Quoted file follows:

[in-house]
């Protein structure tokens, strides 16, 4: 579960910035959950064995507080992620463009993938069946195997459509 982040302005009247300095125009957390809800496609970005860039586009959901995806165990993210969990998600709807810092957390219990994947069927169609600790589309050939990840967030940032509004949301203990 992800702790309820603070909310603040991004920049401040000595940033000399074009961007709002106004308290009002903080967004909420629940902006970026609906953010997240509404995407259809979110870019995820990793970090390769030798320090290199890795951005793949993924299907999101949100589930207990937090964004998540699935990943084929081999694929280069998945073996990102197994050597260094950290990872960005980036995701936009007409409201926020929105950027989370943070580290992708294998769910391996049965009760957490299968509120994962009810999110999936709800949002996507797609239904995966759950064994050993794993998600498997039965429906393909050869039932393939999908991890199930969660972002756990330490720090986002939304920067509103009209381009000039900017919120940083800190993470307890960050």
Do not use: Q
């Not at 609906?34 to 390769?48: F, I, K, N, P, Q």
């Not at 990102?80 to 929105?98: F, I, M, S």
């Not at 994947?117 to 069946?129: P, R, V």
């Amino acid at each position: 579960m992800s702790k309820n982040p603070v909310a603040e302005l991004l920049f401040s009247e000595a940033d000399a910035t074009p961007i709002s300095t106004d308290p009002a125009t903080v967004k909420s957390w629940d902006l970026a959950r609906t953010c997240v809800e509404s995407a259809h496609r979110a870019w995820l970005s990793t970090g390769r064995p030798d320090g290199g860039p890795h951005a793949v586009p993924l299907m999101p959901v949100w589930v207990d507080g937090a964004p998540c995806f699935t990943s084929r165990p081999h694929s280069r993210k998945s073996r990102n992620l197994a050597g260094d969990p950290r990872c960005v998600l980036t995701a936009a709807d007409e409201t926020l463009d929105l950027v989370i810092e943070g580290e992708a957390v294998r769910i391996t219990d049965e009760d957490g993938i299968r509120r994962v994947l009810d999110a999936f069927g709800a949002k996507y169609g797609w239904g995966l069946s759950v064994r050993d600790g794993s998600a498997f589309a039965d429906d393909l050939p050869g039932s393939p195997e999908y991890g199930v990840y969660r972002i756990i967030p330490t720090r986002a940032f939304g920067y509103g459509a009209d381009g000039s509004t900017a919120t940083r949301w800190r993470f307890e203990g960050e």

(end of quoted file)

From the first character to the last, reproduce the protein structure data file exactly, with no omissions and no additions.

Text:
[in-house]
């Protein structure tokens, strides 16, 4: 579960910035959950064995507080992620463009993938069946195997459509 982040302005009247300095125009957390809800496609970005860039586009959901995806165990993210969990998600709807810092957390219990994947069927169609600790589309050939990840967030940032509004949301203990 992800702790309820603070909310603040991004920049401040000595940033000399074009961007709002106004308290009002903080967004909420629940902006970026609906953010997240509404995407259809979110870019995820990793970090390769030798320090290199890795951005793949993924299907999101949100589930207990937090964004998540699935990943084929081999694929280069998945073996990102197994050597260094950290990872960005980036995701936009007409409201926020929105950027989370943070580290992708294998769910391996049965009760957490299968509120994962009810999110999936709800949002996507797609239904995966759950064994050993794993998600498997039965429906393909050869039932393939999908991890199930969660972002756990330490720090986002939304920067509103009209381009000039900017919120940083800190993470307890960050």
Do not use: Q
């Not at 609906?34 to 390769?48: F, I, K, N, P, Q």
């Not at 990102?80 to 929105?98: F, I, M, S």
């Not at 994947?117 to 069946?129: P, R, V």
């Amino acid at each position: 579960m992800s702790k309820n982040p603070v909310a603040e302005l991004l920049f401040s009247e000595a940033d000399a910035t074009p961007i709002s300095t106004d308290p009002a125009t903080v967004k909420s957390w629940d902006l970026a959950r609906t953010c997240v809800e509404s995407a259809h496609r979110a870019w995820l970005s990793t970090g390769r064995p030798d320090g290199g860039p890795h951005a793949v586009p993924l299907m999101p959901v949100w589930v207990d507080g937090a964004p998540c995806f699935t990943s084929r165990p081999h694929s280069r993210k998945s073996r990102n992620l197994a050597g260094d969990p950290r990872c960005v998600l980036t995701a936009a709807d007409e409201t926020l463009d929105l950027v989370i810092e943070g580290e992708a957390v294998r769910i391996t219990d049965e009760d957490g993938i299968r509120r994962v994947l009810d999110a999936f069927g709800a949002k996507y169609g797609w239904g995966l069946s759950v064994r050993d600790g794993s998600a498997f589309a039965d429906d393909l050939p050869g039932s393939p195997e999908y991890g199930v990840y969660r972002i756990i967030p330490t720090r986002a940032f939304g920067y509103g459509a009209d381009g000039s509004t900017a919120t940083r949301w800190r993470f307890e203990g960050e």